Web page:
Table of Contents

Inverse Infrastructures

Inverse Infrastructures

Disrupting Networks from Below

Edited by Tineke M. Egyedi and Donna C. Mehos

The notion of inverse infrastructures – that is, bottom-up, user-driven, self-organizing networks – gives us a fresh perspective on the omnipresent infrastructure systems that support our economy and structure our way of living. This fascinating book considers the emergence of inverse infrastructures as a new phenomenon that will have a vast impact on consumers, industry and policy. Using a wide range of theories, from institutional economics to complex adaptive systems, it explores the mechanisms and incentives for the rise of these alternatives to large-scale infrastructures and points to their potential disruptive effect on conventional markets and governance models.

Chapter 10: Inverse Telecommunications: The Future for Rural Areas in Developing Countries?

Rudi Westerveld

Subjects: economics and finance, economics of innovation, innovation and technology, economics of innovation, technology and ict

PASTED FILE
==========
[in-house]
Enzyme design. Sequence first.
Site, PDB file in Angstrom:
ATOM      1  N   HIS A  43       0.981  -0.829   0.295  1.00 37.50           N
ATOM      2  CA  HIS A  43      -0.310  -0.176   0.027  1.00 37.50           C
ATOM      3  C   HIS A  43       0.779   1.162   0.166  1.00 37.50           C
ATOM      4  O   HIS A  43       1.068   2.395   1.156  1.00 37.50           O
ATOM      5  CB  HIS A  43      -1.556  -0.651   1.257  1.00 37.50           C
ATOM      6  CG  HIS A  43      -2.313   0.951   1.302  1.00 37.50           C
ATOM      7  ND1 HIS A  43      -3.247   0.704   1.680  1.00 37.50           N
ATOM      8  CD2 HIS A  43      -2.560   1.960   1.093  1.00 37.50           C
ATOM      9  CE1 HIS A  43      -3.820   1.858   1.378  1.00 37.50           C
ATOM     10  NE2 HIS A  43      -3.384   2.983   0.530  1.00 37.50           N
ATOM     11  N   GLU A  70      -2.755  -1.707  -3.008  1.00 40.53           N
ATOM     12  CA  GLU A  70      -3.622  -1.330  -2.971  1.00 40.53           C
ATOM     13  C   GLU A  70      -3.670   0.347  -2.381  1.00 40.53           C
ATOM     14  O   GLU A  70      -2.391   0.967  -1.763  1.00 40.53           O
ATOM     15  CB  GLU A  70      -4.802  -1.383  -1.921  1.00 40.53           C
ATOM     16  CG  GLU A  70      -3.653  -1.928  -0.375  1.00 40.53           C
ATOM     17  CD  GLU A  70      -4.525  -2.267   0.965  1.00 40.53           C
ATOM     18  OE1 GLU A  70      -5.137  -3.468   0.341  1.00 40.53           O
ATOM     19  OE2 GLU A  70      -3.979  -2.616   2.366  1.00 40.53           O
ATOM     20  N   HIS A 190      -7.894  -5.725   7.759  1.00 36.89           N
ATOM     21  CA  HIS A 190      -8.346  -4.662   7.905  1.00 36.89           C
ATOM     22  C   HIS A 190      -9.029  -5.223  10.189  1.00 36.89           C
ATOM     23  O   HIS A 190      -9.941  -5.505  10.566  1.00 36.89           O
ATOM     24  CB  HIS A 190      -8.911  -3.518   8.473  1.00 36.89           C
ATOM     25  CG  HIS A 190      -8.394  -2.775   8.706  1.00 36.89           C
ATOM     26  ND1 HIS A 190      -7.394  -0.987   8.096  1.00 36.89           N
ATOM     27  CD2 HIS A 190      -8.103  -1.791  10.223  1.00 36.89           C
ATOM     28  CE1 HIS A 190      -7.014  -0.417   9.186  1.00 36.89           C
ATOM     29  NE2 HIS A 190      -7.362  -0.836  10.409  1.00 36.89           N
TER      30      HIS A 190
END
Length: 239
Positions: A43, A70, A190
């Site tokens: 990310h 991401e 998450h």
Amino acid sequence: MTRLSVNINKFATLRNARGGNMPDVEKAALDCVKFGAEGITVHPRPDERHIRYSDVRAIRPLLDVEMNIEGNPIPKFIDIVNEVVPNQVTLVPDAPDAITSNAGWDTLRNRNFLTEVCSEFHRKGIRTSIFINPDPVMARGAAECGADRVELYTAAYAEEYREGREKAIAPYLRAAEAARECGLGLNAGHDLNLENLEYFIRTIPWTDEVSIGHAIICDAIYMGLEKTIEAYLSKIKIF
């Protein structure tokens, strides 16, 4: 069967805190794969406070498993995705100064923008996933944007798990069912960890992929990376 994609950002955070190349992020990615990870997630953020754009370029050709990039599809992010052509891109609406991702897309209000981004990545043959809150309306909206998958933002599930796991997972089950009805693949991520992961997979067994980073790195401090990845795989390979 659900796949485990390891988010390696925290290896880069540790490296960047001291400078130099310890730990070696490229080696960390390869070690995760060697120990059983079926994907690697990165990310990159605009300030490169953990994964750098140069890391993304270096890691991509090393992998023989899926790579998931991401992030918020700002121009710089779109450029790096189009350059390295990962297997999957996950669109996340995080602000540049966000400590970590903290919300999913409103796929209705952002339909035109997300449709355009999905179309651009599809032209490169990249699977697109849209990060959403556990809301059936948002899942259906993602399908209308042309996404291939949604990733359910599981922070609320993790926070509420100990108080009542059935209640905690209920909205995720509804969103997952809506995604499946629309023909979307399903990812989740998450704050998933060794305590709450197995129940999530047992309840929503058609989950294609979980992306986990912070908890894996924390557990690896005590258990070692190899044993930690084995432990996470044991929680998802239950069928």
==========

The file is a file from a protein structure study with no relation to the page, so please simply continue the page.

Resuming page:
Rudi Westerveld INTRODUCTION Access to telecommunication technologies in developing countries, particularly in rural areas, is often poor. Incumbent operators lack interest in this market, where profits are low and infrastructure maintenance difficult. Moreover, past operator-driven efforts have not been successful. This makes it difficult to envisage how telecommunications and information technologies (ICTs) should play the catalyzing role in the economic development of rural areas in developing countries, something for which the United Nations is hoping (UN 2008). The question posed in this chapter is whether ‘inverse’ telecommunication infrastructures, that is, bottom-up, self-organized, user-driven and decentralized developments (Egyedi et al. 2007), could at least partly fill this gap in service provision. Could inverse initiatives play a pre-eminent role in providing access to telecommunication and Internet services, thereby contributing to the economic development of rural areas? Could they succeed where operatordriven initiatives did not? The question has a high relevance, as the below news items about the Dabba initiative illustrate (Box 10.1). They describe a serious conflict between an incumbent operator (Telkom) and a bottom-up telecom initiative (Dabba) in South Africa. Apparently, in the period concerned, Dabba’s initiative is starting to take off and harm the established interests of Telkom. The news items accuse Telkom of calling in the help of the South African regulatory authority (ICASA) to block Dabba’s inverse infrastructure developments. The news items mention the lack of affordable telecommunication provisions in an area relatively close to Johannesburg. This lack of access is even worse in the more rural and...

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